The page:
Effect of Joint- and Pavement-Related Parameters on Load Transfer Characteristics of Aggregate Interlocked Jointed Concrete Pavement

In concrete pavement, load transfer through the natural mechanism of interlocking action of the aggregate particles has been found to be effective for moderate to low traffic volume roads. This paper investigates the influences of some of the joint-related parameters (e.g., roughness, crack width and aggregate size) and pavement-related parameters (e.g., slab depth and modulus of subgrade reaction) on the load transfer efficiency (LTE) of an aggregate interlocked joint in concrete pavement. A three-dimensional finite element analysis of a jointed concrete pavement has been carried out. An aggregate interlocked joint with irregular fractured surfaces has been modeled in this work. The nature of the fractured surfaces or its roughness influences the LTE of the joint. The effects of varied roughness, crack widths and maximum aggregate size on the LTE of a joint have been investigated in the present work. It has been found that LTE increases with increase in roughness levels for all aggregate sizes and crack widths. The effects of depth of concrete slab and modulus of subgrade reaction on LTE have also been investigated. LTE has been found to increase with increase in slab depth; whereas it decreases with increase in the modulus of subgrade reaction.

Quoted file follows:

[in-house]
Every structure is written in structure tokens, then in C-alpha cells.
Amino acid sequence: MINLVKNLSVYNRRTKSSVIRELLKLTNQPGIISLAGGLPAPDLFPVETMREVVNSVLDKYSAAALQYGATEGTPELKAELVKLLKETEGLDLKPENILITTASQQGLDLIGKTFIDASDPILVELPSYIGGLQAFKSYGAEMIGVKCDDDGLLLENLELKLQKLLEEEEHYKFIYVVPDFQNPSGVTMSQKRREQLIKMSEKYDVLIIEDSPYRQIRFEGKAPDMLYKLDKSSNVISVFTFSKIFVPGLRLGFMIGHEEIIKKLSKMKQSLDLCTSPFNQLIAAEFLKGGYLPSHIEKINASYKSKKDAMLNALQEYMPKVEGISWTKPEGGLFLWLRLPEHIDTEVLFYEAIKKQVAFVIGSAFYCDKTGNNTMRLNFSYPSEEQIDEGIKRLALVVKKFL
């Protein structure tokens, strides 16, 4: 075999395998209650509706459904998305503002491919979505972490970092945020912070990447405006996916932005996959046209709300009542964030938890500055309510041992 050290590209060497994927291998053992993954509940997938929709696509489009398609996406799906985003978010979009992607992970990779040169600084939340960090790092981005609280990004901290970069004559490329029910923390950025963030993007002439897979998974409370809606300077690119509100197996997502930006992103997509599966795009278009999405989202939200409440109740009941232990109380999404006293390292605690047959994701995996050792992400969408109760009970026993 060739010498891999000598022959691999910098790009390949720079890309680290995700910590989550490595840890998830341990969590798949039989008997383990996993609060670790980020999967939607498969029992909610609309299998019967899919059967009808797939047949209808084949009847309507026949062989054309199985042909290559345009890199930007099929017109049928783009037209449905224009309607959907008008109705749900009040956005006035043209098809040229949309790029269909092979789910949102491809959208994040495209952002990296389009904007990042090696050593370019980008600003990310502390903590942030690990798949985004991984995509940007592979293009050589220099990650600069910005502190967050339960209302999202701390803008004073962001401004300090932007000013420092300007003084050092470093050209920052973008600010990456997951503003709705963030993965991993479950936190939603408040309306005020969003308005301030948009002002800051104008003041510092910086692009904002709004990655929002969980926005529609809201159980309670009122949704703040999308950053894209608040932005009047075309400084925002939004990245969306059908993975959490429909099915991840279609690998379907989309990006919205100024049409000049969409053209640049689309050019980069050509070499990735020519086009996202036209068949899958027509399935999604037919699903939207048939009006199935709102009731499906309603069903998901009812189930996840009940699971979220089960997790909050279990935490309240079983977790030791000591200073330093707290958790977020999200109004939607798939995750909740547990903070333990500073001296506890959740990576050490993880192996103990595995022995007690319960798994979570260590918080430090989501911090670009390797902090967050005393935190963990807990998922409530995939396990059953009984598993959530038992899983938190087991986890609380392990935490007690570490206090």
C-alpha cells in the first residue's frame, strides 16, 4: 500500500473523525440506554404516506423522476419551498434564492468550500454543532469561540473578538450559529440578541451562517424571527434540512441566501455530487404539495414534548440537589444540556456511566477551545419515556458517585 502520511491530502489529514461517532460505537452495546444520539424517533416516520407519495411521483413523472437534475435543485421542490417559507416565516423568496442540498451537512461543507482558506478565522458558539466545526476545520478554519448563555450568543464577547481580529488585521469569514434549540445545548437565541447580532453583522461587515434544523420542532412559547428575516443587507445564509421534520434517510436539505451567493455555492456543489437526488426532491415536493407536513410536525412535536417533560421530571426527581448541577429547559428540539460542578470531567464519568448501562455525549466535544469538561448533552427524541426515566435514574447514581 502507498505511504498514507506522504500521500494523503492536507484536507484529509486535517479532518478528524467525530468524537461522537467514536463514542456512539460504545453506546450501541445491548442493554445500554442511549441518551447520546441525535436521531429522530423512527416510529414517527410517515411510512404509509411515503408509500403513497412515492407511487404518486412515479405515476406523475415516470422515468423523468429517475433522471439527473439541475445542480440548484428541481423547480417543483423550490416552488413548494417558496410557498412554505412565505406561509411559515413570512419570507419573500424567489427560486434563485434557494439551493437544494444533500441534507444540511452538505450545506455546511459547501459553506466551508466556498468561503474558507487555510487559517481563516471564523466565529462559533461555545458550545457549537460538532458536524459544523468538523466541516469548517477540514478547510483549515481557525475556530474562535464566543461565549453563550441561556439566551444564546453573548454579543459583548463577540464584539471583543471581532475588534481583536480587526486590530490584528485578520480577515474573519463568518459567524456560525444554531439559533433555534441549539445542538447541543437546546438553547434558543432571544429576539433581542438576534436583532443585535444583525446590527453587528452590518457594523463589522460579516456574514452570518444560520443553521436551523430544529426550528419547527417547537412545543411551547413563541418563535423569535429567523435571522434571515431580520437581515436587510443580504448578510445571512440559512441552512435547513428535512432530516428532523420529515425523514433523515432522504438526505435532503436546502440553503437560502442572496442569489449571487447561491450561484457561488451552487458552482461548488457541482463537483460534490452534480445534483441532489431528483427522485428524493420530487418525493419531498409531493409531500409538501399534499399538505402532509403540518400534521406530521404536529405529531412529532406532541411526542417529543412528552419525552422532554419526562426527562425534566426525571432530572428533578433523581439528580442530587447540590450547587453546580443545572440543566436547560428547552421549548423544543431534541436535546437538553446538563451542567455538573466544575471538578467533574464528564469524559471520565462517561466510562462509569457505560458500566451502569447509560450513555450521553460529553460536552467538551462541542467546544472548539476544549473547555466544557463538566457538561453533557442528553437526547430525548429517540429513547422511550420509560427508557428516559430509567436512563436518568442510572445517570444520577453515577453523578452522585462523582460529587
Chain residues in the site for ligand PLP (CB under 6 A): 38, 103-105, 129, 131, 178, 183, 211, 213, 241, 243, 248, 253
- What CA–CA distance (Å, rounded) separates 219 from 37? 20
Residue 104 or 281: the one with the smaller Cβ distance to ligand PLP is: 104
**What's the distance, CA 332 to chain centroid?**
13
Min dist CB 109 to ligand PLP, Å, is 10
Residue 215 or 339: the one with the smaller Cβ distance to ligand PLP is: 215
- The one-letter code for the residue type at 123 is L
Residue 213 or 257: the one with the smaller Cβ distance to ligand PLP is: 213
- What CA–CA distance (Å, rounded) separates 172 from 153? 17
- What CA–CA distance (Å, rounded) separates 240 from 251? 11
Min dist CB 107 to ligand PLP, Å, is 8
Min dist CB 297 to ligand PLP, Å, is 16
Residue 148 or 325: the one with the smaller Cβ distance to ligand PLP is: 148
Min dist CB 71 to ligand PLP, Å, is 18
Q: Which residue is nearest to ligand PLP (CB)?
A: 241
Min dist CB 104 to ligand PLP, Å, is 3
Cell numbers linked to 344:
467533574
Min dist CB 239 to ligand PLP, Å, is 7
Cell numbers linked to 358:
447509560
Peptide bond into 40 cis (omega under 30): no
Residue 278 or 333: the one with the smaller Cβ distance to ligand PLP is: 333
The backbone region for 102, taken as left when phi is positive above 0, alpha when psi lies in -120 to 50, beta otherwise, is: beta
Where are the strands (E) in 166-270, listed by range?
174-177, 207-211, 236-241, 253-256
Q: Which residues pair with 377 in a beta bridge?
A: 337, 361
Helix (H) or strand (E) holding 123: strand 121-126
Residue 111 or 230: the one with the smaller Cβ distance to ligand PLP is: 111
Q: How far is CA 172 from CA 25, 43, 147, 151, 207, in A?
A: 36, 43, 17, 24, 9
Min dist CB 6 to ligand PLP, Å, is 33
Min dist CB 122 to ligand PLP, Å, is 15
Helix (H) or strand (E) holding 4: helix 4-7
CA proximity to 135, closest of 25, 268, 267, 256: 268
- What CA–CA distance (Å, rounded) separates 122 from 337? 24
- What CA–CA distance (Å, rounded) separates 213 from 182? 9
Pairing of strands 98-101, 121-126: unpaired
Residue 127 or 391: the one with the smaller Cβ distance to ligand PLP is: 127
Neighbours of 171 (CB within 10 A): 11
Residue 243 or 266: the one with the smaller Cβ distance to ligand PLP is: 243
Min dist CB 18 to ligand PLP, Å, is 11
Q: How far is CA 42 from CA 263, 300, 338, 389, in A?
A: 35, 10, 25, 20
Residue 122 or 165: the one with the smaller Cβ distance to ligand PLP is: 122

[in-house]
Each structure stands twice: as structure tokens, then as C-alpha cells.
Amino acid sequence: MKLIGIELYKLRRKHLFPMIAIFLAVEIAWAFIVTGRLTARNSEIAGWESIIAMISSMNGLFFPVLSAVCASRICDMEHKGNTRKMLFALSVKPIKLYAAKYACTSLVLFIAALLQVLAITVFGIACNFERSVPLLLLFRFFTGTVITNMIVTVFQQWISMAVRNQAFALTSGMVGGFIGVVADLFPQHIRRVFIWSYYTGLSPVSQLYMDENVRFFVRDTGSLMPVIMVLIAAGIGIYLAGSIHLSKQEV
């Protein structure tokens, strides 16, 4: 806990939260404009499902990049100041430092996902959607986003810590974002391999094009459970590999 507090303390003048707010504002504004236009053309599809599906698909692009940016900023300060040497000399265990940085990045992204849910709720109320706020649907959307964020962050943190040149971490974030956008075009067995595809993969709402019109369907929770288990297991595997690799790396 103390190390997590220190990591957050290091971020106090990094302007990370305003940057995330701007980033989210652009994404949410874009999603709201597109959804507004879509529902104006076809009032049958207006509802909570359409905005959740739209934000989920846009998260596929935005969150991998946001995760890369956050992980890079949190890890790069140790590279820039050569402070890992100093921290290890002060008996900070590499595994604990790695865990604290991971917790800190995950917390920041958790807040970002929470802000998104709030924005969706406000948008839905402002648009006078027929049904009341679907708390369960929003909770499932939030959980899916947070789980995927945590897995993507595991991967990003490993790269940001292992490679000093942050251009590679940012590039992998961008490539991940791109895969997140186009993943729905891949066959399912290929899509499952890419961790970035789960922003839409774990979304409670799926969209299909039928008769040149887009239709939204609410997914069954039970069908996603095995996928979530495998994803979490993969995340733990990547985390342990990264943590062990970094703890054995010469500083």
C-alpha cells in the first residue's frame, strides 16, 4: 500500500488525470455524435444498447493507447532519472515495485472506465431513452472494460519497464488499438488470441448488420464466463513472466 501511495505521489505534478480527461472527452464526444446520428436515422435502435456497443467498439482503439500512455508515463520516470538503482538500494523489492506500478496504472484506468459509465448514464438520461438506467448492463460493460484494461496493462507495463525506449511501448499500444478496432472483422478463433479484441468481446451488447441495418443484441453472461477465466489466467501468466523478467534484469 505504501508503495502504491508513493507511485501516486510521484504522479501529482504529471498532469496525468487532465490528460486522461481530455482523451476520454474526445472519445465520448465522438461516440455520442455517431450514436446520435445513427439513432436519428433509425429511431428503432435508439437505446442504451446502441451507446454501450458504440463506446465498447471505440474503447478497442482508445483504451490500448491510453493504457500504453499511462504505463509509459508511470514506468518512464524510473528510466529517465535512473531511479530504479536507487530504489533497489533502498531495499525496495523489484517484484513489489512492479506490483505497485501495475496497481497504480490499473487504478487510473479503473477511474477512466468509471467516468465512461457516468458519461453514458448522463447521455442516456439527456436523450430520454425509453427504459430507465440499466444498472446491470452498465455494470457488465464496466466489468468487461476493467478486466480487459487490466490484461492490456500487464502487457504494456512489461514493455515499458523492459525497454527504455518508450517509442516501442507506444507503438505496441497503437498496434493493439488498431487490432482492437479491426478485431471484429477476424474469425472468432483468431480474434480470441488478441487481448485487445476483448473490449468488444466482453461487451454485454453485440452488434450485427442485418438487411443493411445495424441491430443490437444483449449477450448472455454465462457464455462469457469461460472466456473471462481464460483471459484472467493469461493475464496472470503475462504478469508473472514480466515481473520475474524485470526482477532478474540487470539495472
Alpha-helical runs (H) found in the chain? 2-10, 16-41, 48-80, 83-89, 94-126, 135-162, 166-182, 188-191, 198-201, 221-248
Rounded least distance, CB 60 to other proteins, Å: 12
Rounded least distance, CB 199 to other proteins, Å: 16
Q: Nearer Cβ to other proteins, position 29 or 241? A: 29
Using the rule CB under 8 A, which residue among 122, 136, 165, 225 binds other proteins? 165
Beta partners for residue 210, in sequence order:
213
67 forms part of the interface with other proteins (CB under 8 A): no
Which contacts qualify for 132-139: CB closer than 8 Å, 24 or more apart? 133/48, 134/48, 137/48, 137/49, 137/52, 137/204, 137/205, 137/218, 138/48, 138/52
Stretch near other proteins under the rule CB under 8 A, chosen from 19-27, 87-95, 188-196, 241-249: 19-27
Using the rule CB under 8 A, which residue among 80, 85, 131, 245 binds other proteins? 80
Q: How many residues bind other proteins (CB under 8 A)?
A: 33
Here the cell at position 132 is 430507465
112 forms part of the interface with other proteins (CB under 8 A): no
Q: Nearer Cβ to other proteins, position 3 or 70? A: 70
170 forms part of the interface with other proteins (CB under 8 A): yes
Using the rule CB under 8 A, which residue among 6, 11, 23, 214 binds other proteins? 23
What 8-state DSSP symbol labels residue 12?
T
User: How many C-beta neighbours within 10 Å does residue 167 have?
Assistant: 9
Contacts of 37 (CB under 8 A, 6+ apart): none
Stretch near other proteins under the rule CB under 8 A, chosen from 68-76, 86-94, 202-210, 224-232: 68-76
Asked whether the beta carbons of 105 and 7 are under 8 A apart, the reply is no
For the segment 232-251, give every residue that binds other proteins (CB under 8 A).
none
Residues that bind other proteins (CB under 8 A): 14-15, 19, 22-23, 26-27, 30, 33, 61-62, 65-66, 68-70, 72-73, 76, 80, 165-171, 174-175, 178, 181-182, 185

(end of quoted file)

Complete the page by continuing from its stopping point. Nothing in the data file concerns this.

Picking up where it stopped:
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  • English

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  • Accession Number: 01717578
  • Record Type: Publication
  • Files: TRIS
  • Created Date: Aug 7 2019 3:07PM